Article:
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One well-known market bull believes that stocks are set to keep climbing, but is looking for a key catalyst to drive further market growth.

Jeremy Siegel, professor at the University of Pennsylvania's Wharton School, appeared on CNBC's "Trading Nation" in July to predict that equities could jump by as much as 15 percent in the second half of the year. In an appearance Tuesday on CNBC's "Futures Now" he reinforced his outlook, though this time with the caveat that a strong earnings season is needed or the market could see its wings clipped.

"I think we need an earnings acceleration If we really want to get this market moving," said Siegel. "But in the presence of a 1.5 percent 10-year [Treasury note yield], low rates, the Fed [giving] at most one increase [this year] and the dividend yield on the stock market being over 2 percent, people are saying, 'Hey, it's not bad being here.'"

While investors have been thrilled with the continual highs set by today's markets, there has also been a touch of caution even in spite of the good news. Three consecutive quarters of lower productivity growth, weak GDP expansion around the world and record low inflation have caused even a market bull like Siegel to temper their predictions for a market rally.

But with a steady earnings season, things could change. Big tech stocks like Apple and Facebook have led the charge in second-quarter earnings, while financials have recovered somewhat with many of the big banks beating estimates. Biotech companies have also performed relatively well, with giants like Amgen and Biogen crushing estimates, sending their stocks soaring in the aftermath.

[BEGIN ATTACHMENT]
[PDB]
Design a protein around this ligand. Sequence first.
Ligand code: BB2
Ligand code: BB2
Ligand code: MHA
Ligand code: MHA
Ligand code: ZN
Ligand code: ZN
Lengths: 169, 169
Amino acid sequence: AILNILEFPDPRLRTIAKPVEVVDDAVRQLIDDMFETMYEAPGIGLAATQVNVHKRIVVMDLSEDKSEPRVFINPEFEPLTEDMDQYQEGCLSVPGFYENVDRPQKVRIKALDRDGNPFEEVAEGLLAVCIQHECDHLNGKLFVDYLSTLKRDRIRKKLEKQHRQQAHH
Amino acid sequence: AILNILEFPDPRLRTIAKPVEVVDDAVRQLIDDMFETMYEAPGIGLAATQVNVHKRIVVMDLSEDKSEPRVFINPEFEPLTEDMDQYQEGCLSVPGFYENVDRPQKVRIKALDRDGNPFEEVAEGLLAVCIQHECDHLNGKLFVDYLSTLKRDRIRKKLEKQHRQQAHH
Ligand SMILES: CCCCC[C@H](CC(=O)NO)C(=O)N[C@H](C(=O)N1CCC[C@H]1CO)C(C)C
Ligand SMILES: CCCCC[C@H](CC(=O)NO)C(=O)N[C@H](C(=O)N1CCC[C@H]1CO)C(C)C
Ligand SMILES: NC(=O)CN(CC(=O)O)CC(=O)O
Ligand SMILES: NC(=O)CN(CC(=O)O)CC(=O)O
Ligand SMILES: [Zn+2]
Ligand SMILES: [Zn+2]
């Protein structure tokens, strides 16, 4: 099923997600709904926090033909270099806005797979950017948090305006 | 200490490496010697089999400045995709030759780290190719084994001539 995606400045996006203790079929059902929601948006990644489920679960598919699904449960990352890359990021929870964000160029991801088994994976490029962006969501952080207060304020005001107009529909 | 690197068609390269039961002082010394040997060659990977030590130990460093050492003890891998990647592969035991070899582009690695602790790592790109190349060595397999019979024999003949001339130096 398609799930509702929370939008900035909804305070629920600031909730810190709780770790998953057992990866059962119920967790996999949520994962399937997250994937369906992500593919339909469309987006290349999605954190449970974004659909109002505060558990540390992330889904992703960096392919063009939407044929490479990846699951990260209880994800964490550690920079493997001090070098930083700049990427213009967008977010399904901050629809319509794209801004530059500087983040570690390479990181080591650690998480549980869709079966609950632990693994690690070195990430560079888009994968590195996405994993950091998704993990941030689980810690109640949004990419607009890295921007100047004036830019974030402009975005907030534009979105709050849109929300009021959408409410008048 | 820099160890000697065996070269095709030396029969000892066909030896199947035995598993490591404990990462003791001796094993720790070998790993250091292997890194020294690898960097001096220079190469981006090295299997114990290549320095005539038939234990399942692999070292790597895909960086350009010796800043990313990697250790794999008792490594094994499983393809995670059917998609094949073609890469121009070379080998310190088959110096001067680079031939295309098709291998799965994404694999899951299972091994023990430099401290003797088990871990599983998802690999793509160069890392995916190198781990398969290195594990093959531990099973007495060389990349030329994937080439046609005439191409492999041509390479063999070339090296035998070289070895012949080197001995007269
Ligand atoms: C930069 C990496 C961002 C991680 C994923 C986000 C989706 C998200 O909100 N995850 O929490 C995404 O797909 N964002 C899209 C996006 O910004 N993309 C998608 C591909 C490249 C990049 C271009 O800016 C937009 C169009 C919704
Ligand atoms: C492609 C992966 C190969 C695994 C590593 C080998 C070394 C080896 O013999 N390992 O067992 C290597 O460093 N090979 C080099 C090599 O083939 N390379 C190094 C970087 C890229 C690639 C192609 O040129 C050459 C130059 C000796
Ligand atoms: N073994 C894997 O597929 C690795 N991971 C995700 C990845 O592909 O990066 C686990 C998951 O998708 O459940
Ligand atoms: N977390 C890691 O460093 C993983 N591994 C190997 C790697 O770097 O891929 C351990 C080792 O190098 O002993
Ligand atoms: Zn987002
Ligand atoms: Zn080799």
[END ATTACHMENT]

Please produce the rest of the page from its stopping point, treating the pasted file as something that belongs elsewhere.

The successes have been offset, however, by other sectors that have seen disappointing results. While a handful of retail's big names, like Michael Kors and Ralph Lauren, have managed to beat earnings estimates, investors are still urged to approach them with caution given the industry's struggles this year. Energy earnings have also disappointed this quarter, with big names like Exxon Mobil missing estimates by large margins.

Siegel still sees the headed above 2,300 this year, which means that the index would have to rise about another 6 percent based on Wednesday's level of 2,177.34. But Siegel is also looking at possible rallies in the Nasdaq and the Dow to take the markets higher.

More specifically, Siegel believes that if a catalyst like earnings appears to drive growth, the Dow could beat its intraday record of 18,622.01, which the index set in late July.

"We'll get over 19,000, that isn't much from now [and] it could reach near 20,000 if we get a meaningful acceleration in GDP and earnings growth, [along with] getting oil back towards $50 to $55," said Siegel. "That would revive the energy sector, which has been a big drain on earnings."

But at the same time, the current economic environment could also mean that all three indexes fall short of reaching their full potential, especially if the rest of this season's earnings reports don't pick up.

"I don't think there's going to be that much deviation between the S&P, the Dow and the Nasdaq, [with] the Nasdaq [being] more tech heavy, [and] the tech sector has been doing well," he added. "That's really where the only real growth tends to be, but I think all of them are going to be up less than 10 percent this year unless we get a meaningful acceleration in the second half of the year."